A pie made from calve's entrails; [from] muggots, chitterlings. Cornwall.--Francis Grose's Provincial Dictionary, 1811
Birthday of Theodore Mayerne (1573-1655),
Swiss-born physician to England's James I. Charles I. Frederick Hackwood's Good Cheer: The Romance of Food (1911) offered this recipe for "London Pie" from Mayerne's Archimagirus Anglo-Gallus: "Take eight marrow bones, eighteen sparrows, one pound of potatoes, a quarter of a pound of eringoes, two ounces of lettuce stalks, forty chestnuts, half a pound of dates, a peck of oysters, a quarter of a pound of preserved citron, three artichokes, twelve eggs, two sliced lemons, a handful of pickled barberries, a quarter of an ounce of whole pepper, half an ounce of sliced nutmeg, half an ounce of whole cinnamon, a quarter of an ounce of whole cloves, half an ounce of mace, and a quarter of a pound of currants. Liquor when it is baked with white wine, butter, and sugar." W. & R. Chambers' Book of Days (1864) added, "Some half-a-dozen years ago ... a pie was made from the above recipe which gave complete satisfaction to the party of connoisseurs who heartily and merrily partook of it."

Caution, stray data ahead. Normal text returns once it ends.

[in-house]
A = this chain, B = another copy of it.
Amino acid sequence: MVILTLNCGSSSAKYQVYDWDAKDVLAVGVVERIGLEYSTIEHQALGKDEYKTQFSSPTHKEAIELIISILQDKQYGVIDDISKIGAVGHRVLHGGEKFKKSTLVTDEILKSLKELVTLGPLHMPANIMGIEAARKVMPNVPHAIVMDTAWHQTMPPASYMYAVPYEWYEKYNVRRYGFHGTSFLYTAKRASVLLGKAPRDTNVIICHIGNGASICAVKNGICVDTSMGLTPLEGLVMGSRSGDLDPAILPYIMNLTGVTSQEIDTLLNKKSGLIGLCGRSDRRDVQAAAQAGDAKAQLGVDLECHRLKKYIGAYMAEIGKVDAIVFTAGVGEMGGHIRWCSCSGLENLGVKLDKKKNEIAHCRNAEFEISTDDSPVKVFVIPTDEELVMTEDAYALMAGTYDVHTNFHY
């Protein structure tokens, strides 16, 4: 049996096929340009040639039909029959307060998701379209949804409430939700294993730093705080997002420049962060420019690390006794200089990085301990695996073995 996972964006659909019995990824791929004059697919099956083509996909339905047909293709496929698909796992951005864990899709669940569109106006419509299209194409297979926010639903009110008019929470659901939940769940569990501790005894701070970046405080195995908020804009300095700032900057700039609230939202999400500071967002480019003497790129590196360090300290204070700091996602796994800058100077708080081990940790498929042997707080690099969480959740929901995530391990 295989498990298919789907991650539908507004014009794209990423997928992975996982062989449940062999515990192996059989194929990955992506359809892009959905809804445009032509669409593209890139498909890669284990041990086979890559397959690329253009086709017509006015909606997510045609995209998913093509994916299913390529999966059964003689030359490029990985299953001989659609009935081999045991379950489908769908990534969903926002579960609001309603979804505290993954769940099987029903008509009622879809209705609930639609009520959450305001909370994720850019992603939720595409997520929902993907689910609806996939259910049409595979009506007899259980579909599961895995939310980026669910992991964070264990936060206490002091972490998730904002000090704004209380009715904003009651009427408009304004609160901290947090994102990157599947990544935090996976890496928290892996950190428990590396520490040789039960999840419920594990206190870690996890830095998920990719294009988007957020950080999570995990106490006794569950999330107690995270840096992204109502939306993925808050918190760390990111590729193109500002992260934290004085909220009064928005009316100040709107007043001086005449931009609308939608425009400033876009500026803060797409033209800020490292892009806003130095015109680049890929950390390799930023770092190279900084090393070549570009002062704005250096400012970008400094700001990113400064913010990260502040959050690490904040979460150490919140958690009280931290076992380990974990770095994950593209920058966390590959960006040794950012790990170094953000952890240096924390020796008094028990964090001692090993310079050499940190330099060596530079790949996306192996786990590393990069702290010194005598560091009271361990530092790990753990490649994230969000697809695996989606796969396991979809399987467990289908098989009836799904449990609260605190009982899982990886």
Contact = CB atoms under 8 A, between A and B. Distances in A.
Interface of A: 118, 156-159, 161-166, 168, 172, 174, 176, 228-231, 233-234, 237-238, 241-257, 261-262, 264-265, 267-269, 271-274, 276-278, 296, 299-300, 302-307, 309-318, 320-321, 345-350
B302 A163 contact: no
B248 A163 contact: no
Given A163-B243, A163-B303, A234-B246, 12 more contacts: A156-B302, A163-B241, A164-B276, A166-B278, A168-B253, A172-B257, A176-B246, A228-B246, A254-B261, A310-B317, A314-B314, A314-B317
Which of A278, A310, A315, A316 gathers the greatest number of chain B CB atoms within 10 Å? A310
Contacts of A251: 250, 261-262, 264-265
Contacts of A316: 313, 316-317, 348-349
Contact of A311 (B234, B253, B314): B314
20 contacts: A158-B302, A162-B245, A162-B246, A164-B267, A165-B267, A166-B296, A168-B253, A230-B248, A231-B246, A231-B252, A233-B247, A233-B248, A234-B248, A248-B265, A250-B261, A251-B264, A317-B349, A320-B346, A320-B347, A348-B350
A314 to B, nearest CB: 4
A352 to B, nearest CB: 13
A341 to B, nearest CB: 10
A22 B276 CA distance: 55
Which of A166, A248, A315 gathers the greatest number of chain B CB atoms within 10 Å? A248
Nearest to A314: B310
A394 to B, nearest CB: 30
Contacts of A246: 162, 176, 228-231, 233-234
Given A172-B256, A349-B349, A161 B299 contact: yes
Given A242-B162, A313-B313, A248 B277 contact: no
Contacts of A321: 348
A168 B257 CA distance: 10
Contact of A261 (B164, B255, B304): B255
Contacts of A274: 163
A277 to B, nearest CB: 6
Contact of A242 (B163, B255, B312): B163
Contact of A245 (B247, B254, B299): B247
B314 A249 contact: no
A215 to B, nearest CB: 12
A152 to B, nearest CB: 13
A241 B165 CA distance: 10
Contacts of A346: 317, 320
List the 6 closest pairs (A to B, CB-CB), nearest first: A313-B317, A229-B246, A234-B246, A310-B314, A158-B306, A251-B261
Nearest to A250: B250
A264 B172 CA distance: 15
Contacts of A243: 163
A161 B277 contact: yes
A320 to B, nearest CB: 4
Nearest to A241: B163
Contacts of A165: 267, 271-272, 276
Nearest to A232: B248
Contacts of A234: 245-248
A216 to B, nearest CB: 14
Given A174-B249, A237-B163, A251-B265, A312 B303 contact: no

What did they bake it in, a colosseum?